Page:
The Sadness Effect

“If I ever become a real artist I’ll make a series of sketches called Sad People. All kinds of people – age, ethnicity, culture – will be represented with the common denominator being a sadness that jumps out at you. Then I’ll have a gallery and people will come…it’ll be like a sad room…a place for people to feel their sadness.”

“Hmm…the sad room…so do you think there are more sad people than happy people?”

“For sure! I mean, hopefully, everyone has felt happy and sad at some point in their lives…but sadness seems to me to be harder to express.”

“What do you mean?”

“Well, let’s see…it seems like everything to do is for happy people. Happy people go out, party, see a movie, go to a park…all things fun need to have happy people to use them. A sad person isn’t going to have so much fun at a party unless they’re drunk, and then it’s not really so fun, and a movie to a sad person is just an escape…a restaurant means tasteless food or trying to fill a hole with food…and who wants to sit in the park with sadness? So what I’m saying is that happiness is automatically validated by societal norms. Happy people are productive people who know how to utilize their time in this world for work and play.”

“Ok, sounds interesting. Now, what about the sad people?”

“I think – and this is totally me and my theories – I think that sad people never get their sadness validated and so it just sits inside and spirals…adding to more sad feelings and more spiraling…let’s call it the Sadness Effect.”

“Huh. So being sad isn’t accepted.”

“I don’t think it’s not accepted – I mean everyone gets sad…it’s just that it’s not validated. How many people can actually validate sadness for someone? How do you do it? From what I’ve seen and experienced with my own sadness – when I tell someone about it they either become sad with me or take a step back and leave me with a feeling that has nowhere to go but back inside to fester.”

“I see. So how do you validate sadness?”

“I think you have to really listen. Like, when someone says they’re sad, you have to let them know that you understand that they are sad. You can’t try to make them happy or explain why it’s not worth being sad because then you are essentially telling them that the sad feeling has no right to be – totally invalidating the feeling, leading to another kind of sadness and loneliness as the person who is seeking validation realizes how misunderstood they are…it’s a terrible cycle. And then, after too many times of getting their sadness thrown to the side, they don’t want to talk about it and try to pretend to be happy – however that may be – and then we get this whole ‘running after happiness’ trend that all started because no one ever said – ‘hey, you’re sad. I get that. Let’s sit with the sadness for a bit and try to understand it.’ Validating a feeling means giving it a right to exist on its own. You can’t say ‘everyone feels sad’ or ‘it’ll pass’ cause that makes the feeling less unique. You gotta say something along the lines of ‘I see that you’re sad. I’m sorry you’re sad. Let me know if or when you want to talk about it and I can do my best to be there for you.’ You know, like a kid who wants validation for his sadness, he just comes for a hug. You got to give verbal hugs out when you’re confronted by sadness.”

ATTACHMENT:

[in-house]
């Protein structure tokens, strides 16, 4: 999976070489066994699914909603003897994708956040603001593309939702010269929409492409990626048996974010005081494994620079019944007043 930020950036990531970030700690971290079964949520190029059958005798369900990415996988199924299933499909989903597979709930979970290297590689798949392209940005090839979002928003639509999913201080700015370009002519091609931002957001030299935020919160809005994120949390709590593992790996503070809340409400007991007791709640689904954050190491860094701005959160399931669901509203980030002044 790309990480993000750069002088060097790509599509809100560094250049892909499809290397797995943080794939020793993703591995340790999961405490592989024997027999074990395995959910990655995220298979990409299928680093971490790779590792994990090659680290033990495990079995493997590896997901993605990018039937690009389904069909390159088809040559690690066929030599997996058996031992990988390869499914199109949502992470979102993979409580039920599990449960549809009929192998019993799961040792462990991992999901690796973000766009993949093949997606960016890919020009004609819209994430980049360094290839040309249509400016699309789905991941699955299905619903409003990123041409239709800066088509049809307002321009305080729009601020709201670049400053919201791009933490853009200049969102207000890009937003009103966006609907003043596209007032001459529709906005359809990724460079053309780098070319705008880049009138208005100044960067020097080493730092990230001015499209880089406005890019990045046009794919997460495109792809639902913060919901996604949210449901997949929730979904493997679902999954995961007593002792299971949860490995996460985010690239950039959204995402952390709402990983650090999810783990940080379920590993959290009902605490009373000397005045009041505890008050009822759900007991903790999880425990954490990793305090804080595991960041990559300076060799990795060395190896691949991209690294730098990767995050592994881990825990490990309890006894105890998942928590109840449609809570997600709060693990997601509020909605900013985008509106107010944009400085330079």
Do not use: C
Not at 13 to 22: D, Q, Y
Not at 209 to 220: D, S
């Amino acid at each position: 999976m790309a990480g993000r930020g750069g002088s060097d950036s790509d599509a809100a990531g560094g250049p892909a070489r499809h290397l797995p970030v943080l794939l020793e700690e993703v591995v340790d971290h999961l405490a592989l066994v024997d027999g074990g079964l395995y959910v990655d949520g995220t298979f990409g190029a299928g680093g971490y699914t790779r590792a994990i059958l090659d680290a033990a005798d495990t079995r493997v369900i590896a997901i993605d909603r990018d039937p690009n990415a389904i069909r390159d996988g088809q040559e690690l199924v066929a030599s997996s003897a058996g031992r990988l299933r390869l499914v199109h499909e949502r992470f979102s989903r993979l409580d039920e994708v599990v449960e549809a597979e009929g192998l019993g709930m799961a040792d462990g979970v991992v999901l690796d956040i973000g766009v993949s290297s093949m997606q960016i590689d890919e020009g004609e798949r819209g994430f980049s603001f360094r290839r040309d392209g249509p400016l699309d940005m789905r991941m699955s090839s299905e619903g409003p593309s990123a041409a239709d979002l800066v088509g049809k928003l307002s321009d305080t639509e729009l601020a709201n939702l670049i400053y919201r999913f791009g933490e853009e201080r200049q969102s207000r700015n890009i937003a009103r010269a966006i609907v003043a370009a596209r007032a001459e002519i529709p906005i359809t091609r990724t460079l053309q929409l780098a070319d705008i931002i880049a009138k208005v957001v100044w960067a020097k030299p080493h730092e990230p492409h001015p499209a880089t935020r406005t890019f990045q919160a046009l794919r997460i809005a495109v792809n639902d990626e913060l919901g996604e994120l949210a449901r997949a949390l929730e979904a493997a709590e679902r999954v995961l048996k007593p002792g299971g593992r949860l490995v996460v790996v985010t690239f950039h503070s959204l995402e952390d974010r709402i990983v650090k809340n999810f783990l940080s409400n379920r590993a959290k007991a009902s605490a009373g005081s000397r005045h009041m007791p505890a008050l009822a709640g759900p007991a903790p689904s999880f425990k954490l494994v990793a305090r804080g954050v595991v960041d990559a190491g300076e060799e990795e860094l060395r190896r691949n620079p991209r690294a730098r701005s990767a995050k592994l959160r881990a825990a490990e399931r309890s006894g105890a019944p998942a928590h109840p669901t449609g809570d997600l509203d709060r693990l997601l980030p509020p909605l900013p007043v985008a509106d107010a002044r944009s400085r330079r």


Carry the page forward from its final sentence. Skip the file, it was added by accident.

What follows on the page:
“So what about those people who get sad with you when you’re sad?”

“That’s the other kind of bad sadness conduct. People can’t handle another person’s sadness as a separate person, so they use it to try to validate their own sadness, negating the original sadness and creating a neat little ‘let’s be sad together and feed each other sad pills’ scenario.”

“Isn’t that co-dependency?”

“For sure. That’s why these co-dependent relationships are all the rage. You get to be sad together – gee, how fun.”

“This is all intriguing – go on.”

“Ok – so the answer to all the sad people is to teach everyone how to validate. Then, you feel sad, you express, it’s validated, you move on and don’t sit in it forever and ever. If everyone learned how to look past themselves and just allow other people to feel things and not take it on or step away, then the answer is solved.”

“How would you teach people to do that though?”

“Simple – if you’re the type of person who steps back, so push your instinct aside for a second and step forward. If you’re the type of person who gets too involved, take a step back. It’s just a small step, but it changes everything.”

“I like this. I think you really got something here.”

“Well, anyway – back to my sad room. I’m going to make sadness an outing. All these happy people get to have fun…sad people are welcome to come to my gallery and cry. It’ll be a sad party. It’ll be fun.”

5 thoughts on “The Sadness Effect

  1. I think it’s a brilliant idea! A great place for everyone to cry and talk, about all those things that “happy people” don’t like, or know how to touch…


  2. Genuis! I couldn’t be nodding my head anymore. You have head the nail on the head. Let people feel what they truly feel and stop trying to convince them that they feel otherwise.


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